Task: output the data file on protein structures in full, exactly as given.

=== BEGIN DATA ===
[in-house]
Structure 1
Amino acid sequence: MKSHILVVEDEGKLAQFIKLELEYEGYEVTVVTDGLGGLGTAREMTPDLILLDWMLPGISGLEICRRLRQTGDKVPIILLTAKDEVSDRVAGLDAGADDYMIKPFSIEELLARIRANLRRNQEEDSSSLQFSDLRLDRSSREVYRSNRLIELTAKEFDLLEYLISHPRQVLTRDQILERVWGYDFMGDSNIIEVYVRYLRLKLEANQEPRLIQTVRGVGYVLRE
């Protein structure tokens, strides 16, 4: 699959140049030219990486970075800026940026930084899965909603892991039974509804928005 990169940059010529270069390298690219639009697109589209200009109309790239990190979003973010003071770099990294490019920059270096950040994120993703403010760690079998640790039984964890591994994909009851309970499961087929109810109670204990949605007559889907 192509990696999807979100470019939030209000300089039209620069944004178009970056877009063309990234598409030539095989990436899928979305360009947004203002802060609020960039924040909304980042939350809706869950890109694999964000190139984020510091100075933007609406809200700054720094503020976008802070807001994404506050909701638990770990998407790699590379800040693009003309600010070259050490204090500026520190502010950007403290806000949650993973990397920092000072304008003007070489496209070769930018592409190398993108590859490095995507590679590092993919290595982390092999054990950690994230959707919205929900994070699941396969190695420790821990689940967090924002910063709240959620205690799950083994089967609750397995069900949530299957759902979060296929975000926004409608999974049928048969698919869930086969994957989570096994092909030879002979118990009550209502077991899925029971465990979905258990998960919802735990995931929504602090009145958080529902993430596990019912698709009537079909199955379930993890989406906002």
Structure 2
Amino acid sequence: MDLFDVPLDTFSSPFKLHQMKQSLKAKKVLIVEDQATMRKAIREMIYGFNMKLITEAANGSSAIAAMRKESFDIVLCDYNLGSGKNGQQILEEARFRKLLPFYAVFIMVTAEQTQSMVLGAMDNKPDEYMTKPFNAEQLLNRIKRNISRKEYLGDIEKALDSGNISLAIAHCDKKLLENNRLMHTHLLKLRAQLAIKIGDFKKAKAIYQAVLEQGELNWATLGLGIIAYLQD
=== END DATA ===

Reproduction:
[in-house]
Structure 1
Amino acid sequence: MKSHILVVEDEGKLAQFIKLELEYEGYEVTVVTDGLGGLGTAREMTPDLILLDWMLPGISGLEICRRLRQTGDKVPIILLTAKDEVSDRVAGLDAGADDYMIKPFSIEELLARIRANLRRNQEEDSSSLQFSDLRLDRSSREVYRSNRLIELTAKEFDLLEYLISHPRQVLTRDQILERVWGYDFMGDSNIIEVYVRYLRLKLEANQEPRLIQTVRGVGYVLRE
């Protein structure tokens, strides 16, 4: 699959140049030219990486970075800026940026930084899965909603892991039974509804928005 990169940059010529270069390298690219639009697109589209200009109309790239990190979003973010003071770099990294490019920059270096950040994120993703403010760690079998640790039984964890591994994909009851309970499961087929109810109670204990949605007559889907 192509990696999807979100470019939030209000300089039209620069944004178009970056877009063309990234598409030539095989990436899928979305360009947004203002802060609020960039924040909304980042939350809706869950890109694999964000190139984020510091100075933007609406809200700054720094503020976008802070807001994404506050909701638990770990998407790699590379800040693009003309600010070259050490204090500026520190502010950007403290806000949650993973990397920092000072304008003007070489496209070769930018592409190398993108590859490095995507590679590092993919290595982390092999054990950690994230959707919205929900994070699941396969190695420790821990689940967090924002910063709240959620205690799950083994089967609750397995069900949530299957759902979060296929975000926004409608999974049928048969698919869930086969994957989570096994092909030879002979118990009550209502077991899925029971465990979905258990998960919802735990995931929504602090009145958080529902993430596990019912698709009537079909199955379930993890989406906002």
Structure 2
Amino acid sequence: MDLFDVPLDTFSSPFKLHQMKQSLKAKKVLIVEDQATMRKAIREMIYGFNMKLITEAANGSSAIAAMRKESFDIVLCDYNLGSGKNGQQILEEARFRKLLPFYAVFIMVTAEQTQSMVLGAMDNKPDEYMTKPFNAEQLLNRIKRNISRKEYLGDIEKALDSGNISLAIAHCDKKLLENNRLMHTHLLKLRAQLAIKIGDFKKAKAIYQAVLEQGELNWATLGLGIIAYLQD